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Discussion Starter #1
Anyone fitted a steering damper on their R3 yet? It really needs one! There are a few "universal" fit steering dampers on Ebay, but can't find one that would work on the R3. Looking for the traditional bar/slide damper, not the expensive
dial type.
 

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Anyone fitted a steering damper on their R3 yet? It really needs one! There are a few "universal" fit steering dampers on Ebay, but can't find one that would work on the R3. Looking for the traditional bar/slide damper, not the expensive
dial type.
From these photos is appears that they're available in Japan now. This is on an R25 but would fit an R3 as well. Probably just a matter of time before more companies are selling them for the R3.


View attachment 1714

View attachment 1722

Here's the page with more accessories shown.

http://blogs.yahoo.co.jp/xtreme_nutsberry/folder/1350231.html
 

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Anyone fitted a steering damper on their R3 yet? It really needs one!
The roads and freeways around me are perpetually under construction, so I am constantly riding over bumps, dips, grooved concrete, steel plates, loose gravel, and/or bison-sized potholes. The bike has handled it all like a champ, especially after I set the preload properly. I'm sure a damper wouldn't hurt, but I can't say it "really needs one"...

I am very curious to know what situation/surface caused you to feel that the lack of a damper was the issue. Was it at speed, or around town? We're you carrying any load that might have been out of balance? Even at 65mph-ish on the grooved snake that is I-405 I didn't have any issues, so I'm genuinely curious.
 

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I'd find out what's wrong with the bike and fix it before masking the problem with a steering dampener.


Decent rubber, Wheels aligned with stringline, headset bearings, forks twisted and stressed in the triples from being dropped, or frame bent, fork bushes ok etc


The geometry is far too lazy to 'need' a steering dampener and add weight to make the bike slower at great expense.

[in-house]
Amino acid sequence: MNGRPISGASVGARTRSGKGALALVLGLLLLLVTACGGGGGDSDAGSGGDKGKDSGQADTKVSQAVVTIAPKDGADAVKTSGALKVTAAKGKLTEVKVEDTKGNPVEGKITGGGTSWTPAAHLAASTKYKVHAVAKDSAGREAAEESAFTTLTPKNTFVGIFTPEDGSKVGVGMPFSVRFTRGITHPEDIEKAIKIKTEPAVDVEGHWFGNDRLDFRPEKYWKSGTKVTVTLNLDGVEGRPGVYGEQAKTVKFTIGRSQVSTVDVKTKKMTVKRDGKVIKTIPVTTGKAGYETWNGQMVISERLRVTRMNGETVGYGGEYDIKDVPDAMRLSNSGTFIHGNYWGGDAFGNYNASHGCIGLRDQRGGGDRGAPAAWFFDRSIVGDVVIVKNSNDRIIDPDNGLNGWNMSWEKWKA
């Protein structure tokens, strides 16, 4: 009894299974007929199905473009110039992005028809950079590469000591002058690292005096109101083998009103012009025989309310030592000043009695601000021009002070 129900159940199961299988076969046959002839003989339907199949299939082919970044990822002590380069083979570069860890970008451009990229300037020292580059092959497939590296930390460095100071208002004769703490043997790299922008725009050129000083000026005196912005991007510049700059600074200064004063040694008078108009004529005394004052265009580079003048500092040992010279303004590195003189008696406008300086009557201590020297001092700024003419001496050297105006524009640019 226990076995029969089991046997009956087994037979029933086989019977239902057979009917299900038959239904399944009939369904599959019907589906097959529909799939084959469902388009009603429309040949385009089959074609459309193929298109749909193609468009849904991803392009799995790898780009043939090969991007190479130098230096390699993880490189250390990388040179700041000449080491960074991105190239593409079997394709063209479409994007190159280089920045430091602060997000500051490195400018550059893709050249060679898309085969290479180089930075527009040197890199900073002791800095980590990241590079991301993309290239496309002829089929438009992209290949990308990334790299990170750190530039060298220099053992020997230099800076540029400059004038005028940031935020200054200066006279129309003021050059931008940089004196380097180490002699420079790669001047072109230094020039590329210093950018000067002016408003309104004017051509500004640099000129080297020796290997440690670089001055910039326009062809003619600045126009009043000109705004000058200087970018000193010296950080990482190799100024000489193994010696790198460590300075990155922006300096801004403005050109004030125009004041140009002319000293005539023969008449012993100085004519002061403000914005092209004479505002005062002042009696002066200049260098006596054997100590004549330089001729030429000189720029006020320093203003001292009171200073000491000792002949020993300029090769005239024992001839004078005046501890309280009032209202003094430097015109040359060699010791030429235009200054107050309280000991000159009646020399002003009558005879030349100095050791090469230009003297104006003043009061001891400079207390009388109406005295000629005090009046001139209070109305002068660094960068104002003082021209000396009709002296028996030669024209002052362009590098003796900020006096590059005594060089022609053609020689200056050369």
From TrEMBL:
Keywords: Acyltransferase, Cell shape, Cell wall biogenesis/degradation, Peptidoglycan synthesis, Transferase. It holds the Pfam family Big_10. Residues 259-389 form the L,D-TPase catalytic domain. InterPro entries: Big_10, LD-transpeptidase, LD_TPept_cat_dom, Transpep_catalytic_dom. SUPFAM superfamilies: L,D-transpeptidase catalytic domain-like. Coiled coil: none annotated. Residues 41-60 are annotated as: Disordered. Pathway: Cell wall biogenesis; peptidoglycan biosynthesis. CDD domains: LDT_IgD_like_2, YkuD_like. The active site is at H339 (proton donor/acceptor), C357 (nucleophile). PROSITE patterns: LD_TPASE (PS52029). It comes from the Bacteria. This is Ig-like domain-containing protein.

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The R3 does not need a steering dampener for a number of reasons. 1. This bike does not accelerate like a bullet. 2. This bike has a low top speed. 3. Lightening up your death grip on the handle bars along with good throttle control and knowing when to gas out of a tank slapper will save you butt. Problem solved with out a steering dampener.
 

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Discussion Starter #8
The bike is so light that when moving around on it for corners, it reacts too quickly to even the slightest unintentional steering inputs. I have a 2004 GSX-R750 that I changed the 5w steering damper oil to 15w--and I like the feel of that. Maybe I'm used to the steering on my Suzuki, and perhaps just need to get used to the R3. But a steering damper on my R3 would be a nice addition. I don't have a death grip, know how to control the throttle, and haven't had a tank slapper in over 28 years; thanks for the comments.
 

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The bike is so light that when moving around on it for corners, it reacts too quickly to even the slightest unintentional steering inputs. I have a 2004 GSX-R750 that I changed the 5w steering damper oil to 15w--and I like the feel of that. Maybe I'm used to the steering on my Suzuki, and perhaps just need to get used to the R3. But a steering damper on my R3 would be a nice addition. I don't have a death grip, know how to control the throttle, and haven't had a tank slapper in over 28 years; thanks for the comments.